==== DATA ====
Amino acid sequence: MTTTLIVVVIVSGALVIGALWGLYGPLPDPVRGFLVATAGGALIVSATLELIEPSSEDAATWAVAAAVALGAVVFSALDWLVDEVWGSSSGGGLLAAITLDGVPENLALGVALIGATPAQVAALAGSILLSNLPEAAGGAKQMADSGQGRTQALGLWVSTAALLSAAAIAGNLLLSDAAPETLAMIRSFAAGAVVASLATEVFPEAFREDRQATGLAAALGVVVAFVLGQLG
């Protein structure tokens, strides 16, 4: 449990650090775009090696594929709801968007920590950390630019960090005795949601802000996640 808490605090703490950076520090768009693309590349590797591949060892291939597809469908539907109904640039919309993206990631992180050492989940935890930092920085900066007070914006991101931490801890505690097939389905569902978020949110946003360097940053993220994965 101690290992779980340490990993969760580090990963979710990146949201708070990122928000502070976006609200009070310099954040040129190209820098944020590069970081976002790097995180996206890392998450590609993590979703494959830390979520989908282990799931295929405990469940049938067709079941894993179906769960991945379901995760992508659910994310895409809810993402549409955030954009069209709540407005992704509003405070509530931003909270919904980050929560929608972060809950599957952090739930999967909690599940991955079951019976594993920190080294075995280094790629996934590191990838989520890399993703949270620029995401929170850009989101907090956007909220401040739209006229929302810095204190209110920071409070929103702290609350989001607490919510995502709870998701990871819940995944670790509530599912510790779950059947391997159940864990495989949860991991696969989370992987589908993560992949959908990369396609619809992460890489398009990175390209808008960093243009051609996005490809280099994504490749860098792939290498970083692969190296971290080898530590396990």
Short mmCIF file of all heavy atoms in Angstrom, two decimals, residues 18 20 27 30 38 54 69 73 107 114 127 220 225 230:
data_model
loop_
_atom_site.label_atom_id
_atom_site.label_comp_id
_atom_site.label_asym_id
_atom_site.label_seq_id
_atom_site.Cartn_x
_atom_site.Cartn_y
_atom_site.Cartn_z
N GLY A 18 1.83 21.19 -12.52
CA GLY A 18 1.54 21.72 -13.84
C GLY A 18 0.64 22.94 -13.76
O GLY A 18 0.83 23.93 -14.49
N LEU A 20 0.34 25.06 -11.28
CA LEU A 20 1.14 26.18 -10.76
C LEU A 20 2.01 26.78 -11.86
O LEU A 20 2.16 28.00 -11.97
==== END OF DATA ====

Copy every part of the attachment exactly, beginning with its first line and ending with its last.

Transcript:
Amino acid sequence: MTTTLIVVVIVSGALVIGALWGLYGPLPDPVRGFLVATAGGALIVSATLELIEPSSEDAATWAVAAAVALGAVVFSALDWLVDEVWGSSSGGGLLAAITLDGVPENLALGVALIGATPAQVAALAGSILLSNLPEAAGGAKQMADSGQGRTQALGLWVSTAALLSAAAIAGNLLLSDAAPETLAMIRSFAAGAVVASLATEVFPEAFREDRQATGLAAALGVVVAFVLGQLG
């Protein structure tokens, strides 16, 4: 449990650090775009090696594929709801968007920590950390630019960090005795949601802000996640 808490605090703490950076520090768009693309590349590797591949060892291939597809469908539907109904640039919309993206990631992180050492989940935890930092920085900066007070914006991101931490801890505690097939389905569902978020949110946003360097940053993220994965 101690290992779980340490990993969760580090990963979710990146949201708070990122928000502070976006609200009070310099954040040129190209820098944020590069970081976002790097995180996206890392998450590609993590979703494959830390979520989908282990799931295929405990469940049938067709079941894993179906769960991945379901995760992508659910994310895409809810993402549409955030954009069209709540407005992704509003405070509530931003909270919904980050929560929608972060809950599957952090739930999967909690599940991955079951019976594993920190080294075995280094790629996934590191990838989520890399993703949270620029995401929170850009989101907090956007909220401040739209006229929302810095204190209110920071409070929103702290609350989001607490919510995502709870998701990871819940995944670790509530599912510790779950059947391997159940864990495989949860991991696969989370992987589908993560992949959908990369396609619809992460890489398009990175390209808008960093243009051609996005490809280099994504490749860098792939290498970083692969190296971290080898530590396990």
Short mmCIF file of all heavy atoms in Angstrom, two decimals, residues 18 20 27 30 38 54 69 73 107 114 127 220 225 230:
data_model
loop_
_atom_site.label_atom_id
_atom_site.label_comp_id
_atom_site.label_asym_id
_atom_site.label_seq_id
_atom_site.Cartn_x
_atom_site.Cartn_y
_atom_site.Cartn_z
N GLY A 18 1.83 21.19 -12.52
CA GLY A 18 1.54 21.72 -13.84
C GLY A 18 0.64 22.94 -13.76
O GLY A 18 0.83 23.93 -14.49
N LEU A 20 0.34 25.06 -11.28
CA LEU A 20 1.14 26.18 -10.76
C LEU A 20 2.01 26.78 -11.86
O LEU A 20 2.16 28.00 -11.97